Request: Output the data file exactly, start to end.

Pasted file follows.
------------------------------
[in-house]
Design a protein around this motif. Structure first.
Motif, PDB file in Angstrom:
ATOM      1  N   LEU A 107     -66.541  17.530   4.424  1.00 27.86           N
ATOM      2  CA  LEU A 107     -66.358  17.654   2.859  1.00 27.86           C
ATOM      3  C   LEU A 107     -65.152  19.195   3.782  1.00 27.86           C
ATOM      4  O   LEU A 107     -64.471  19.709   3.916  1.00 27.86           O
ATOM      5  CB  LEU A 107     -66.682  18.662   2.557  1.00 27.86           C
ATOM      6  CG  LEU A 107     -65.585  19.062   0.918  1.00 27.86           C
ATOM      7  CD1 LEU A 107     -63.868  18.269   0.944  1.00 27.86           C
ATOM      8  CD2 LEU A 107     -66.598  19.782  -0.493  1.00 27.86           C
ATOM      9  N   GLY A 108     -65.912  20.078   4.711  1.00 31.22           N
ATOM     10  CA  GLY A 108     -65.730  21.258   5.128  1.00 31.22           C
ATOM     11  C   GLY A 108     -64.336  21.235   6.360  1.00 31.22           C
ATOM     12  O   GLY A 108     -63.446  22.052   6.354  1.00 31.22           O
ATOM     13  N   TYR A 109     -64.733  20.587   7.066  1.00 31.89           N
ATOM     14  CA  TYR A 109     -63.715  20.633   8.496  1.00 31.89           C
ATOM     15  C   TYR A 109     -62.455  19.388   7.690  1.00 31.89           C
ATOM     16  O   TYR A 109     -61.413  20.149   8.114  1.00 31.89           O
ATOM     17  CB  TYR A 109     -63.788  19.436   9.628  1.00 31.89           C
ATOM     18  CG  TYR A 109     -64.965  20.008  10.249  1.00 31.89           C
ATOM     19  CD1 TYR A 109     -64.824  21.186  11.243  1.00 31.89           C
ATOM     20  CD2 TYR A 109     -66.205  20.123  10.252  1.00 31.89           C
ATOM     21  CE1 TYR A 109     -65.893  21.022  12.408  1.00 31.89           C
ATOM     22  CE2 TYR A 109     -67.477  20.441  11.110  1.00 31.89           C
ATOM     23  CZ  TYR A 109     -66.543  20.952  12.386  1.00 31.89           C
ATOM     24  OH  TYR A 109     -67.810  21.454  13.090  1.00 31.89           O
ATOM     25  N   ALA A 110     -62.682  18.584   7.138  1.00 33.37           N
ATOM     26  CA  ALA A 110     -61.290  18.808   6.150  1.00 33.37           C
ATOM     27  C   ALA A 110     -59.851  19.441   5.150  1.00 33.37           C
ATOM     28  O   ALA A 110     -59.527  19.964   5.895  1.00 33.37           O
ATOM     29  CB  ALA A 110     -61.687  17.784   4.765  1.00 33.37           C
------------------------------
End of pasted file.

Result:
[in-house]
Design a protein around this motif. Structure first.
Motif, PDB file in Angstrom:
ATOM      1  N   LEU A 107     -66.541  17.530   4.424  1.00 27.86           N
ATOM      2  CA  LEU A 107     -66.358  17.654   2.859  1.00 27.86           C
ATOM      3  C   LEU A 107     -65.152  19.195   3.782  1.00 27.86           C
ATOM      4  O   LEU A 107     -64.471  19.709   3.916  1.00 27.86           O
ATOM      5  CB  LEU A 107     -66.682  18.662   2.557  1.00 27.86           C
ATOM      6  CG  LEU A 107     -65.585  19.062   0.918  1.00 27.86           C
ATOM      7  CD1 LEU A 107     -63.868  18.269   0.944  1.00 27.86           C
ATOM      8  CD2 LEU A 107     -66.598  19.782  -0.493  1.00 27.86           C
ATOM      9  N   GLY A 108     -65.912  20.078   4.711  1.00 31.22           N
ATOM     10  CA  GLY A 108     -65.730  21.258   5.128  1.00 31.22           C
ATOM     11  C   GLY A 108     -64.336  21.235   6.360  1.00 31.22           C
ATOM     12  O   GLY A 108     -63.446  22.052   6.354  1.00 31.22           O
ATOM     13  N   TYR A 109     -64.733  20.587   7.066  1.00 31.89           N
ATOM     14  CA  TYR A 109     -63.715  20.633   8.496  1.00 31.89           C
ATOM     15  C   TYR A 109     -62.455  19.388   7.690  1.00 31.89           C
ATOM     16  O   TYR A 109     -61.413  20.149   8.114  1.00 31.89           O
ATOM     17  CB  TYR A 109     -63.788  19.436   9.628  1.00 31.89           C
ATOM     18  CG  TYR A 109     -64.965  20.008  10.249  1.00 31.89           C
ATOM     19  CD1 TYR A 109     -64.824  21.186  11.243  1.00 31.89           C
ATOM     20  CD2 TYR A 109     -66.205  20.123  10.252  1.00 31.89           C
ATOM     21  CE1 TYR A 109     -65.893  21.022  12.408  1.00 31.89           C
ATOM     22  CE2 TYR A 109     -67.477  20.441  11.110  1.00 31.89           C
ATOM     23  CZ  TYR A 109     -66.543  20.952  12.386  1.00 31.89           C
ATOM     24  OH  TYR A 109     -67.810  21.454  13.090  1.00 31.89           O
ATOM     25  N   ALA A 110     -62.682  18.584   7.138  1.00 33.37           N
ATOM     26  CA  ALA A 110     -61.290  18.808   6.150  1.00 33.37           C
ATOM     27  C   ALA A 110     -59.851  19.441   5.150  1.00 33.37           C
ATOM     28  O   ALA A 110     -59.527  19.964   5.895  1.00 33.37           O
ATOM     29  CB  ALA A 110     -61.687  17.784   4.765  1.00 33.37           C